This is our unspectacular, slightly wonky, 33 year old chandelier, an upgrade done by the previous owners of our place. They bought the house, new in 1984, and sold to us in 1985 for a handsome profit. We chose this place because it backs onto a narrow, forested park through which a gentle stream flows and warblers, hummingbirds and Monarch (what’s left of them) butterflies migrate every spring and fall. The central staircase made us go oohh, ahhh when our agent and friend took us through. Sold!
Anyway, this is about stuff we 70 somethings learn to take for granted until a grandchild shows us how she observes her much newer world.
This past Christmas our M, just turned 4, a frequent visitor all the way from Ann Arbor, Michigan said:
Papa, one of the lights in your chandelier is not on.
Did you notice it? It’s obvious now, isn’t it?
She and her mom stayed from December 23rd until January 7th. They love to visit. We love to have them.
It is now March whatever and Papa has still not replaced the bulb. There is no excuse for this neglect. I have spares in the unfinished section of the basement, hanging in a plastic shopping bag on a simple nail beside my wooden, homemade workbench.
Think I’ll go and change it now… before their next visit…
My post of October 25, 2014 has been revised by adding the poem, Be, to the photo. The haiku was started on a return flight from Trinidad and finished a week later, when it was originally posted. My thoughts at the time were added to the post.
Unsustainable is a word that must explode, not creep, into our everyday vocabulary. Our economies, as they currently are measured, cannot continue to grow.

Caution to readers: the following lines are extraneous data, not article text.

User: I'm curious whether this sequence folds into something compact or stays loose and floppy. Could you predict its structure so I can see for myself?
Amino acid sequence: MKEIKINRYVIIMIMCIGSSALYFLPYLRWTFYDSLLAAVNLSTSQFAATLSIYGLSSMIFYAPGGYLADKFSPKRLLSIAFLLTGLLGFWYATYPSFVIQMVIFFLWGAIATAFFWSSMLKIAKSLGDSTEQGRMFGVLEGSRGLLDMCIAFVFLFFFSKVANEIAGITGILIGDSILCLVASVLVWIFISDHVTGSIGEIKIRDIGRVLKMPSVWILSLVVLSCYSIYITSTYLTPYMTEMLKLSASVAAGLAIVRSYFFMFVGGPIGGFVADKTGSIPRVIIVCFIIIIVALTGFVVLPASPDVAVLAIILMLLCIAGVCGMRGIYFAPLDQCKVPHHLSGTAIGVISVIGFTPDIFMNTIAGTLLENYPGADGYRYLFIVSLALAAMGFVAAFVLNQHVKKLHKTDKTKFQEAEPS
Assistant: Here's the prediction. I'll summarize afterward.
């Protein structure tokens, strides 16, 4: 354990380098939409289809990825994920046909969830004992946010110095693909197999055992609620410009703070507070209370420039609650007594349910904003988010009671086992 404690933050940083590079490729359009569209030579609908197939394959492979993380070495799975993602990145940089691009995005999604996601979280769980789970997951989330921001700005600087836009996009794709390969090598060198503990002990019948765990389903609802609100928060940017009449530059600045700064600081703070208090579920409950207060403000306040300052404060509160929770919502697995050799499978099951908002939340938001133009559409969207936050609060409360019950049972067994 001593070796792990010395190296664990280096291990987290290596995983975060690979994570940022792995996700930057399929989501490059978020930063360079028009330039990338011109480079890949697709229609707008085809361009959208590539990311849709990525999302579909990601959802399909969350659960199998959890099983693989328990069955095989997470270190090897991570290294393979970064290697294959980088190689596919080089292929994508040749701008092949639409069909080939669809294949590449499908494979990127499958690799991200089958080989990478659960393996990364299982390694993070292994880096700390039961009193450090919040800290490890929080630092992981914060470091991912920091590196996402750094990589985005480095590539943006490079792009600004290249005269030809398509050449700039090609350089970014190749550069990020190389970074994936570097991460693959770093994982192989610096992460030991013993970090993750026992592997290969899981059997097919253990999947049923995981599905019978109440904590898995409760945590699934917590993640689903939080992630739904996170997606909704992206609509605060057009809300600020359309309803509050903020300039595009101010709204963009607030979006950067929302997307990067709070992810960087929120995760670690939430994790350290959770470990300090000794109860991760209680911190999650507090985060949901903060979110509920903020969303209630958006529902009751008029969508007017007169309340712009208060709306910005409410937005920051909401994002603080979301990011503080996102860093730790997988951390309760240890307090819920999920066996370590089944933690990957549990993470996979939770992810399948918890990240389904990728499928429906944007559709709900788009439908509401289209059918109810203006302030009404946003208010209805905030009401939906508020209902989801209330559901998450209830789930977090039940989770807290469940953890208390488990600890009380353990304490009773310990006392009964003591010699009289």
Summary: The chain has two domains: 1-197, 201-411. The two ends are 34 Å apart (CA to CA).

I chose décroissance over degrowth for the title because the French word hints at the verb décroire – to disbelieve. This is important because, for the concept, it is necessary for one to disbelieve in the current capitalist model that demands growth as its life blood. On both sides of the Atlantic, those who pretend to lead in the great drama of politics extol economic growth as the basis of national success and happiness. Growth is measured by an outdated parameter called Gross Domestic Product, a measure that does not care how the jobs and productivity are created. The classic example of its failure is that, from the aspect of GDP, the Exxon-Valdez oil spill off the Alaska coast in 1989 was a “success.”
David Suzuki, who, based on a 2004 CBC poll, is considered the 5th greatest Canadian ever and, by a process of biotic elimination, the greatest living Canadian, has, since the 1980’s, been a high-profile advocate for reducing our impact on the environment. Thanks to Suzuki and other caring thinkers, many now kind of “get” the fact that we in “The West” pamper ourselves by using up precious resources in obscene amounts to provide very special goods and services. We consume too much of everything (energy, minerals, meat, fish, forests, chemicals, drugs and yes, even health care) and have grown to believe that these relative luxuries are things to which we in the West are entitled.This “entitled” feeling battles with the growing guilt and, if we are honest about it, usually wins.